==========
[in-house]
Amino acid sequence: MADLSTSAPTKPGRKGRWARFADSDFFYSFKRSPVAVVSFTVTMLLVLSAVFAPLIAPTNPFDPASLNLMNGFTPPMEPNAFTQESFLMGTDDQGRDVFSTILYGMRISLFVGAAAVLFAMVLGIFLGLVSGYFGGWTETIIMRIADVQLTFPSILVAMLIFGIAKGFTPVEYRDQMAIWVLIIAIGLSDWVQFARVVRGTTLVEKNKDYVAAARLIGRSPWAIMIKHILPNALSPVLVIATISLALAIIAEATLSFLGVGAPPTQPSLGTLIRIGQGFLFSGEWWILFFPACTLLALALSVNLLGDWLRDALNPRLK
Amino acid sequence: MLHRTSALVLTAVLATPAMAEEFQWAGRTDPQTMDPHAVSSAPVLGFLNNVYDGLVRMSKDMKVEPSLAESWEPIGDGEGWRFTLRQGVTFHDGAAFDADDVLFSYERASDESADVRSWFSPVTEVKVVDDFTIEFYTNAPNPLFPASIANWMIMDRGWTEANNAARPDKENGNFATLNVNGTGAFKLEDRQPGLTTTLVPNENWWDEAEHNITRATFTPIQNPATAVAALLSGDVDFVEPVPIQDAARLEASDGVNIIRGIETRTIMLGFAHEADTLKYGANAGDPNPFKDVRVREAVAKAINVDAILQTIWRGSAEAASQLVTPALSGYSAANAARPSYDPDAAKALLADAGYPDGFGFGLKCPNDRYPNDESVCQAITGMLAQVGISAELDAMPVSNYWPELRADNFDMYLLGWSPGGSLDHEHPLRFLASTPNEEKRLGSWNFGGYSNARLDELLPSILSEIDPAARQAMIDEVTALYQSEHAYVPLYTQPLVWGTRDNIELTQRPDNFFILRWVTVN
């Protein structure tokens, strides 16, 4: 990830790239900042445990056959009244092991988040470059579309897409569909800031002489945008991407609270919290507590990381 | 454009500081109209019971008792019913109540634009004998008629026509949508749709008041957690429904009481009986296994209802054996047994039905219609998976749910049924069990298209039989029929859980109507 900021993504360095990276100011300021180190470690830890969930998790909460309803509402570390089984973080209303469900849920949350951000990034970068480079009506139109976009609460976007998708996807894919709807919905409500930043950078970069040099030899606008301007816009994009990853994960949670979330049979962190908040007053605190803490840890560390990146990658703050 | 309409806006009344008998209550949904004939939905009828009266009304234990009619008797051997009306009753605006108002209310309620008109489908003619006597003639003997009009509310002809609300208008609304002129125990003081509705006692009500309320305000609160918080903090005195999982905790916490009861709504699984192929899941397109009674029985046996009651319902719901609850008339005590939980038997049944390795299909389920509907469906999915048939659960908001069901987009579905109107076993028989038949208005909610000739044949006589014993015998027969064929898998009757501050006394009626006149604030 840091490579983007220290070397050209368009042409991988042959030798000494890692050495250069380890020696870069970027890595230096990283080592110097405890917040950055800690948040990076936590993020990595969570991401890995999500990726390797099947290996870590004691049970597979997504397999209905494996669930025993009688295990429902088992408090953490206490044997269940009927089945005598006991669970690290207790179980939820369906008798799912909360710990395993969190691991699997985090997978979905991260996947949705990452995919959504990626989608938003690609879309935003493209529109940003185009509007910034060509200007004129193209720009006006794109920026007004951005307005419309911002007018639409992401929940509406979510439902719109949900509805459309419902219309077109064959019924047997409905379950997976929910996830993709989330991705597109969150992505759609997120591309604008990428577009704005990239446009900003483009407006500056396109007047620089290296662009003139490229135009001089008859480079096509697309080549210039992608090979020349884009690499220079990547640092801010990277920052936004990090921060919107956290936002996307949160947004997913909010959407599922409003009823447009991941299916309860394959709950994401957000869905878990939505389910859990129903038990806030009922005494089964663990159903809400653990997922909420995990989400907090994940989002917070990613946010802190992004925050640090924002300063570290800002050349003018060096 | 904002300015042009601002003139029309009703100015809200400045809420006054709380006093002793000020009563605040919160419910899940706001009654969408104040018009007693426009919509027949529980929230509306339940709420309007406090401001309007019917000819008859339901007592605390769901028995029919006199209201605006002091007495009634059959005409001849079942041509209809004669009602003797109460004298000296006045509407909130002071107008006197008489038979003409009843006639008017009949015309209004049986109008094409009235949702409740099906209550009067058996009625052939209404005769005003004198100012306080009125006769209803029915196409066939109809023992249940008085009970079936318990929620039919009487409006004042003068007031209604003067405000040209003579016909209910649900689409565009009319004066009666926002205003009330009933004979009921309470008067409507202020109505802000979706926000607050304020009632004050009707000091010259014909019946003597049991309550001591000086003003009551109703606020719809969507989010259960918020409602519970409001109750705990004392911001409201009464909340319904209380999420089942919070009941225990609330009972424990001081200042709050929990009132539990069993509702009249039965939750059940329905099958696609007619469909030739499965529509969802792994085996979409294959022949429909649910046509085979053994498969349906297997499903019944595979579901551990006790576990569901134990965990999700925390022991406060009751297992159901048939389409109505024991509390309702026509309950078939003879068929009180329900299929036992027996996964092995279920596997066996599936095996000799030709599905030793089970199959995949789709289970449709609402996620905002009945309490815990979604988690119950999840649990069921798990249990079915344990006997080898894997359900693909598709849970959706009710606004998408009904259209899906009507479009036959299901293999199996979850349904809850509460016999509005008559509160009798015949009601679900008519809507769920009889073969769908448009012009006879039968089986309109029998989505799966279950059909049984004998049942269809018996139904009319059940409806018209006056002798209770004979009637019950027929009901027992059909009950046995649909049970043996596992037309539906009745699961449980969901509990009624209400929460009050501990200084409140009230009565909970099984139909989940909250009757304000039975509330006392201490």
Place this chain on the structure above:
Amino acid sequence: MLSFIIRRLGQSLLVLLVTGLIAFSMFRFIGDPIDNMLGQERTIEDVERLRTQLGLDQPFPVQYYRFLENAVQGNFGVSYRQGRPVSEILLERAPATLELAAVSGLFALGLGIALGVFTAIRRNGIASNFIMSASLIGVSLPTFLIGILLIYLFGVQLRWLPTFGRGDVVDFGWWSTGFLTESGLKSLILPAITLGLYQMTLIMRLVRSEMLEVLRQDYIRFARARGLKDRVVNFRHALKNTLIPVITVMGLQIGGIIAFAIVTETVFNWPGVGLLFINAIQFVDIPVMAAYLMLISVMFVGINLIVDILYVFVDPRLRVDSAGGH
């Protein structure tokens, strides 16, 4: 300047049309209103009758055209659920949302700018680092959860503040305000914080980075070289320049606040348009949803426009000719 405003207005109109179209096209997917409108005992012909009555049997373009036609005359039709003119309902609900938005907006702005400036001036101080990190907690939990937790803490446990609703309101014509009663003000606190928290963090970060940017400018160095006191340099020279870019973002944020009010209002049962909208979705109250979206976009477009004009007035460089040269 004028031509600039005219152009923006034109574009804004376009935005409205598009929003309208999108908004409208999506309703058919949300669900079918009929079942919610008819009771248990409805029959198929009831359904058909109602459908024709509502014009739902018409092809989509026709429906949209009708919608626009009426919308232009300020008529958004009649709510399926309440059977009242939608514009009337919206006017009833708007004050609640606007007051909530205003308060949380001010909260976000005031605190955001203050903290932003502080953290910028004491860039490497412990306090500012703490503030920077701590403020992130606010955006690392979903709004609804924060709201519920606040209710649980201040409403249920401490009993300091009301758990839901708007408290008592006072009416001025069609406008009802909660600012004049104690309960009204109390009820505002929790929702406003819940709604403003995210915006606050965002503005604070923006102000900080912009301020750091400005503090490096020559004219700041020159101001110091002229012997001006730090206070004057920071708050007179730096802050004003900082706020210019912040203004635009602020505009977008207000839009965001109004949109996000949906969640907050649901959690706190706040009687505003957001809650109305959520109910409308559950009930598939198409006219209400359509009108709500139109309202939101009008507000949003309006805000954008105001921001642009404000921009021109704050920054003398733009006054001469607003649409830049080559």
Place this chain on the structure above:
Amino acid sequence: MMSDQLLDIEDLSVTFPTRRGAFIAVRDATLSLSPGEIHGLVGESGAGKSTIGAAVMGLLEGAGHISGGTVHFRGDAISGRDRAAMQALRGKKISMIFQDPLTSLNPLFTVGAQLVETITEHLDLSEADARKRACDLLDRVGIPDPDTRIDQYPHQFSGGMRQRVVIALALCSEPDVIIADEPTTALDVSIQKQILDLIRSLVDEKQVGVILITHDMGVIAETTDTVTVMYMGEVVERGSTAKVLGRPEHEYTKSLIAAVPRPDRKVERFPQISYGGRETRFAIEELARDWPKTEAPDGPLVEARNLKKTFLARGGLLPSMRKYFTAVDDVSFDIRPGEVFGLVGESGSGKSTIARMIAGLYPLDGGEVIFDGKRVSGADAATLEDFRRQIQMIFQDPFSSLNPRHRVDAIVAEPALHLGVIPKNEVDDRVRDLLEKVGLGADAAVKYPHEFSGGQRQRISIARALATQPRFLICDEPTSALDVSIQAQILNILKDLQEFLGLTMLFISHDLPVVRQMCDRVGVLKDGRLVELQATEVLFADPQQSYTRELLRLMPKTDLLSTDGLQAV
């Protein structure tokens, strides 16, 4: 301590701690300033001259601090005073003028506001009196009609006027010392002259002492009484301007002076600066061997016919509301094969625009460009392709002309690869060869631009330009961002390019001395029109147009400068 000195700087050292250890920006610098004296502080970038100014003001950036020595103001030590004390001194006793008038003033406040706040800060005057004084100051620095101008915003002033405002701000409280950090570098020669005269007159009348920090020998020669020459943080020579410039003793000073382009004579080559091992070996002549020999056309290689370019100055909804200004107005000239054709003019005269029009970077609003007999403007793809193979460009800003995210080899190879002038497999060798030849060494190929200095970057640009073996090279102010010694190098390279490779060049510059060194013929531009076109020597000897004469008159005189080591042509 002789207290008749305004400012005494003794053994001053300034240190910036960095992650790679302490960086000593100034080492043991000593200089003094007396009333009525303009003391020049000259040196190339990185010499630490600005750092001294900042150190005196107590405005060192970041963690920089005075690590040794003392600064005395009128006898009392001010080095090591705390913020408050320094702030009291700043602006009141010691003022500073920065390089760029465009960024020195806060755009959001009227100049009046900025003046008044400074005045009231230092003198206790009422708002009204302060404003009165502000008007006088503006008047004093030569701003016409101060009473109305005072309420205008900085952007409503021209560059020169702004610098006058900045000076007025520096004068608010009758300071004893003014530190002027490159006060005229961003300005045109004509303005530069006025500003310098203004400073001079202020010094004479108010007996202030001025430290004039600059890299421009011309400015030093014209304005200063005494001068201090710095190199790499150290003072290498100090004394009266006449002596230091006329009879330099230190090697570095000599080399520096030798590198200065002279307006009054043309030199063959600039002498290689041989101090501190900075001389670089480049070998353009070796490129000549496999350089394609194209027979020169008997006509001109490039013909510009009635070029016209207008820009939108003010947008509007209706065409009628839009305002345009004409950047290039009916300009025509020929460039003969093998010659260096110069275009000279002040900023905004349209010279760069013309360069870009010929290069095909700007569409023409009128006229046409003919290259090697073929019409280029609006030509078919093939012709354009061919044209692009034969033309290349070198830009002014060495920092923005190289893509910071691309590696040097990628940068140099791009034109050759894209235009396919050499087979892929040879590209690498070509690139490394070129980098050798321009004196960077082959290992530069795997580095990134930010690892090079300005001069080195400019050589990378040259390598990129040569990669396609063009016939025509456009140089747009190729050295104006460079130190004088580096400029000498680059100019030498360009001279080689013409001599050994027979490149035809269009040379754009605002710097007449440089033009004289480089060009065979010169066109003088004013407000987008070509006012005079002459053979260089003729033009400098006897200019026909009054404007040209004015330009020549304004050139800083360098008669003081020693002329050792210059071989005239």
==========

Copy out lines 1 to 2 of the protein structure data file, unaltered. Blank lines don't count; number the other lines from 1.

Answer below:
[in-house]
Amino acid sequence: MADLSTSAPTKPGRKGRWARFADSDFFYSFKRSPVAVVSFTVTMLLVLSAVFAPLIAPTNPFDPASLNLMNGFTPPMEPNAFTQESFLMGTDDQGRDVFSTILYGMRISLFVGAAAVLFAMVLGIFLGLVSGYFGGWTETIIMRIADVQLTFPSILVAMLIFGIAKGFTPVEYRDQMAIWVLIIAIGLSDWVQFARVVRGTTLVEKNKDYVAAARLIGRSPWAIMIKHILPNALSPVLVIATISLALAIIAEATLSFLGVGAPPTQPSLGTLIRIGQGFLFSGEWWILFFPACTLLALALSVNLLGDWLRDALNPRLK